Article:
Holiday Food Composting

Print Friendly, PDF & Email

Make 2021 a Conservation New Year

Holiday Food Composting

Composting is simply the process of organic material decomposition.

Every holiday dinner we seem to have an abundance of leftovers, often these food leftovers are thrown out or left to spoil. According to Cornell University, there are nearly 38 million tons of wasted food in the United States. Composting is simply the process of organic material decomposition. If we composted many of the things we throw away, such as kitchen scraps, grass clippings, leaves, and other landscape debris, we could divert 20 to 30 percent of the trash currently going into landfills.

By composting these materials, we can reduce the amount of waste we generate and produce organic matter and nutrients for our garden, landscape, and yards. Every garden benefits from the addition of compost because it supplies many of the nutrients plants need. Composting also improves the soil’s physical characteristics, increases soil capacity to hold water and nutrients, and increases soil aeration.

In general, you should have about four times as many browns as greens. If your goal is simply to avoid sending organic matter to the landfill and the compost is an afterthought, then you don’t need to worry about it too much. If your bin gets wet and smelly, add more browns and cut back on the greens for a while, then give it a turn. If the contents of your bin aren’t breaking down, add some greens, turn it, and it should start turning into compost again. To turn the compost easily, give the bin a shake every one to three days. This blends in air and distributes moisture, creating the perfect environment for the materials to decompose.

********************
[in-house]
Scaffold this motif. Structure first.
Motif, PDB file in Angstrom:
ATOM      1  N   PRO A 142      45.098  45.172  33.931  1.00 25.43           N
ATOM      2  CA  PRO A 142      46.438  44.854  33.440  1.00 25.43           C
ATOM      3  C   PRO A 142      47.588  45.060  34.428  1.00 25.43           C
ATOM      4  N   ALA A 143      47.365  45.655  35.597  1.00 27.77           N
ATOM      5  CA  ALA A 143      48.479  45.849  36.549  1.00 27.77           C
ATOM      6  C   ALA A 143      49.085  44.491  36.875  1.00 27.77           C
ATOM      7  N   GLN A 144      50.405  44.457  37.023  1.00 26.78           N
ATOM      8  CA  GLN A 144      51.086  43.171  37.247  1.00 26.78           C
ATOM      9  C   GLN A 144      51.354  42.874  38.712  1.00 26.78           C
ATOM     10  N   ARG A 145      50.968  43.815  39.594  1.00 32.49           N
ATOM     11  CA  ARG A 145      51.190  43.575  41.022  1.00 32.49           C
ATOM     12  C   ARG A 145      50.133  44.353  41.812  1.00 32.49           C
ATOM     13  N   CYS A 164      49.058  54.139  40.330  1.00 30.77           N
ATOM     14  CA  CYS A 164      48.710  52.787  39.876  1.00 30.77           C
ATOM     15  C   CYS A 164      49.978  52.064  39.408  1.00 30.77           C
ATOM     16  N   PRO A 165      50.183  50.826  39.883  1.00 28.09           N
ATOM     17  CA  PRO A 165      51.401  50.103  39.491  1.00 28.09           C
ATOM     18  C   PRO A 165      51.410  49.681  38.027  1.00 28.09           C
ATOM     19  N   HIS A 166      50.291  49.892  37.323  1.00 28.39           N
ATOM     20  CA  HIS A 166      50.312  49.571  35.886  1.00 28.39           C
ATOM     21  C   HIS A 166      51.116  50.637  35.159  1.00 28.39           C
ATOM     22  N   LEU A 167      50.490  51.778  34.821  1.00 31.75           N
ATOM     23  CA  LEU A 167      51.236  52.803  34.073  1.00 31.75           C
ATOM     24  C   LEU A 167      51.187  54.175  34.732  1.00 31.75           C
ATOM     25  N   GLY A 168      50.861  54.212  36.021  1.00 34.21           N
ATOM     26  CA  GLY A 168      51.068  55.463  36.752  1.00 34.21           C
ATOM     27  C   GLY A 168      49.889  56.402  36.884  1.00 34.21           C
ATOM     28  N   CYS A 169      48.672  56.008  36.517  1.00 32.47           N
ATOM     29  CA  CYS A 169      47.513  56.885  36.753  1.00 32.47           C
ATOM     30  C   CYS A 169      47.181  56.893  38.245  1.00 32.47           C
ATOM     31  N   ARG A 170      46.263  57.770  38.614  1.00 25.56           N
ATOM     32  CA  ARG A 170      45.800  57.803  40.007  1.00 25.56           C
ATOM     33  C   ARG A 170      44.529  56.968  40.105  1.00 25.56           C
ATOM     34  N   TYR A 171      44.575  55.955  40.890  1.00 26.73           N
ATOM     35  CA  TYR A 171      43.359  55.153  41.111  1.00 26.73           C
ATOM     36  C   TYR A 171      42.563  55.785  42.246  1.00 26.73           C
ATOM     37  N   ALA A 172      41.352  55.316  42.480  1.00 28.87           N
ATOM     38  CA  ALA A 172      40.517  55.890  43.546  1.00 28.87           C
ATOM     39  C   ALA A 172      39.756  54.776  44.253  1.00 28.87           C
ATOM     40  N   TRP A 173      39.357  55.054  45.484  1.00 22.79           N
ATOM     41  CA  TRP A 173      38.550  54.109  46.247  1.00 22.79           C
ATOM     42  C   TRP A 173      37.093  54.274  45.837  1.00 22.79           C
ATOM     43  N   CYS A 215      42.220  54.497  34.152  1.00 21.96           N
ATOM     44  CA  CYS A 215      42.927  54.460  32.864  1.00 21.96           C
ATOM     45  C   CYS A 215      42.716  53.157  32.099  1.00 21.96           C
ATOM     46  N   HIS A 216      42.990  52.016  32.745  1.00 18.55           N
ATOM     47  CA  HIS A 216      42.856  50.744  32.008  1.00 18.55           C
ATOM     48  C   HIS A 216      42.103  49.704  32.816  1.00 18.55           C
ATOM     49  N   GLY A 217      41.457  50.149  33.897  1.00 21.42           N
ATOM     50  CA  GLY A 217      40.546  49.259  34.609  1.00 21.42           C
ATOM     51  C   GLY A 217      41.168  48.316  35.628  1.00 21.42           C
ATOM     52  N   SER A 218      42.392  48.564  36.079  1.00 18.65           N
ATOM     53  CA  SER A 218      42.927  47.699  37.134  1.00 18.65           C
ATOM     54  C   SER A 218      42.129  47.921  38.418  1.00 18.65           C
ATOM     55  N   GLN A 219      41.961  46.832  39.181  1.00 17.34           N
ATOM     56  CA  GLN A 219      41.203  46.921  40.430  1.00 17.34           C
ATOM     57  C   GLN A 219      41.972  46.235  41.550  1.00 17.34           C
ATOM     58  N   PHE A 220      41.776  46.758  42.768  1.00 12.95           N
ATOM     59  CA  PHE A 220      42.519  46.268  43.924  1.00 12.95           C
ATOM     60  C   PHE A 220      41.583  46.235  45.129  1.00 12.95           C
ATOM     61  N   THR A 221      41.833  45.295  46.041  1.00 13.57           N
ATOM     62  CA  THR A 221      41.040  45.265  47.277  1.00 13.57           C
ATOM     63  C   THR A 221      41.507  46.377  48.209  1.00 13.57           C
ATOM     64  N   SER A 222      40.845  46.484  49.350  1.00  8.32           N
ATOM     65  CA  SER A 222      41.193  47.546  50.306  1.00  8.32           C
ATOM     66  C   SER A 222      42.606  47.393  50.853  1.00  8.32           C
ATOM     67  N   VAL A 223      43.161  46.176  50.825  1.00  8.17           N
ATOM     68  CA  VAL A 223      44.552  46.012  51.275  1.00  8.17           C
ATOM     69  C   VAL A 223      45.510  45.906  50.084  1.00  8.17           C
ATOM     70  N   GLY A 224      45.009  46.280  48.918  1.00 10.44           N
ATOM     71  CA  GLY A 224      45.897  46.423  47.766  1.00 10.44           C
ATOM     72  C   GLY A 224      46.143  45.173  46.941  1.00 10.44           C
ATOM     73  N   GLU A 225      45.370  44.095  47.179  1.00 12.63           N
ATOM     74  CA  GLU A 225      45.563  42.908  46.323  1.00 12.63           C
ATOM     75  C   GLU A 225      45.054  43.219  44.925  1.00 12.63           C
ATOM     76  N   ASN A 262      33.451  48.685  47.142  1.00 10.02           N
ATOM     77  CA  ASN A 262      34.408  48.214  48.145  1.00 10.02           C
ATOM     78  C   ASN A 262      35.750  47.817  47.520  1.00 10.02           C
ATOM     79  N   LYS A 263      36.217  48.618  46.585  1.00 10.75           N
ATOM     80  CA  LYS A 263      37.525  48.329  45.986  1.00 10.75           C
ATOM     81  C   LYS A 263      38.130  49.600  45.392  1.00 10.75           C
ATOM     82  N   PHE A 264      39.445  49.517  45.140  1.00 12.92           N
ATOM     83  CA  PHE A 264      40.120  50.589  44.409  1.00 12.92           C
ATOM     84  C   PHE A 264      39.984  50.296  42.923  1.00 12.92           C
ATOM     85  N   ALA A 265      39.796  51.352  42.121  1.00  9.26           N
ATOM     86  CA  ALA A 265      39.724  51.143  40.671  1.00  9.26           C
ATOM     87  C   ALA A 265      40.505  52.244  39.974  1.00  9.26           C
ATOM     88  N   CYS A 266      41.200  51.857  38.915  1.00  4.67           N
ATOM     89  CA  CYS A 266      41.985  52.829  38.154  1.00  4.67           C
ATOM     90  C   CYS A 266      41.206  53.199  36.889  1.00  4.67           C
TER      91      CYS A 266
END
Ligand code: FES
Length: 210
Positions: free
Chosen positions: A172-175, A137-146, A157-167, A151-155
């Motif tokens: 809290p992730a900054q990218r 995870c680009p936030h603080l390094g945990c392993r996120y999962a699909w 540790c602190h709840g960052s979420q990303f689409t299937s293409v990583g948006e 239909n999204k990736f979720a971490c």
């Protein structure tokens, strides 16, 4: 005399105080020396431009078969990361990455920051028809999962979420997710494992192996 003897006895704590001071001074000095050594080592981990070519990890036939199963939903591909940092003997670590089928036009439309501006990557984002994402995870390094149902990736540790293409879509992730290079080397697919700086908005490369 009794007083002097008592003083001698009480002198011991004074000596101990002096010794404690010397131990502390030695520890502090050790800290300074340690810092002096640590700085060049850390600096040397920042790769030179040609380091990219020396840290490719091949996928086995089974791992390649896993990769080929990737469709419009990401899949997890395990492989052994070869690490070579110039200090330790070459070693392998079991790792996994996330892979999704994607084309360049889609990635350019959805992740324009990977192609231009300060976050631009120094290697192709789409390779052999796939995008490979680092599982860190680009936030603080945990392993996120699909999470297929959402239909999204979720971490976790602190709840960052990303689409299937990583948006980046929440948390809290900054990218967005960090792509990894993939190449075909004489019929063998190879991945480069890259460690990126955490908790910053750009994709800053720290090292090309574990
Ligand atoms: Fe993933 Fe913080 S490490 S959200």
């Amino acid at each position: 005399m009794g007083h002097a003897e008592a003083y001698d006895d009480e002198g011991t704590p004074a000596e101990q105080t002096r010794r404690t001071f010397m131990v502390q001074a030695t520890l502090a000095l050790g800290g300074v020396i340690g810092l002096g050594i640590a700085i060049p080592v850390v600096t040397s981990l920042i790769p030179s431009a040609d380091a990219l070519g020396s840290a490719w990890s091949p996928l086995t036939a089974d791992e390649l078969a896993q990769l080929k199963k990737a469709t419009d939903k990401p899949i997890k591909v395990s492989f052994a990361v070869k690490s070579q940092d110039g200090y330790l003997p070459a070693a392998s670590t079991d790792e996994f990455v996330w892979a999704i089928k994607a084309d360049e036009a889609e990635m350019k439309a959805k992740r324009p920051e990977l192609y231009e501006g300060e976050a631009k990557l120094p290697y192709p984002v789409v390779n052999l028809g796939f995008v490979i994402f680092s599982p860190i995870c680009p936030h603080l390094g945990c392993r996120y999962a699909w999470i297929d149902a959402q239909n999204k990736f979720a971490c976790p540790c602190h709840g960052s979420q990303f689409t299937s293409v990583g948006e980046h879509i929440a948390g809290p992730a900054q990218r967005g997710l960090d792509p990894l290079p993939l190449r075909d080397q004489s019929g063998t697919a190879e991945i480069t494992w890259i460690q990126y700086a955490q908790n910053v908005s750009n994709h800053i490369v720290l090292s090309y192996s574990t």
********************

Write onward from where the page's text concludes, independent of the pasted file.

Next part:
Compost: fruits, vegetables, grains, bread, unbleached paper napkins, coffee filters, eggshells, meats, and newspapers can be composted. Don’t add meat, bones, dairy, whole eggs (shells are okay), grease, or other animal-based scraps. These can develop pathogens as they decompose in the compost bin, causing odors that attract rodents and other pests. Never add solid waste from pets.

Every little thing YOU do really makes a difference, these small changes cumulatively over time can have a significant benefit to our environment.

Photo Credit: The Spruce / Cori Sears
About m@ppleby
Follow us on Facebook & Instagram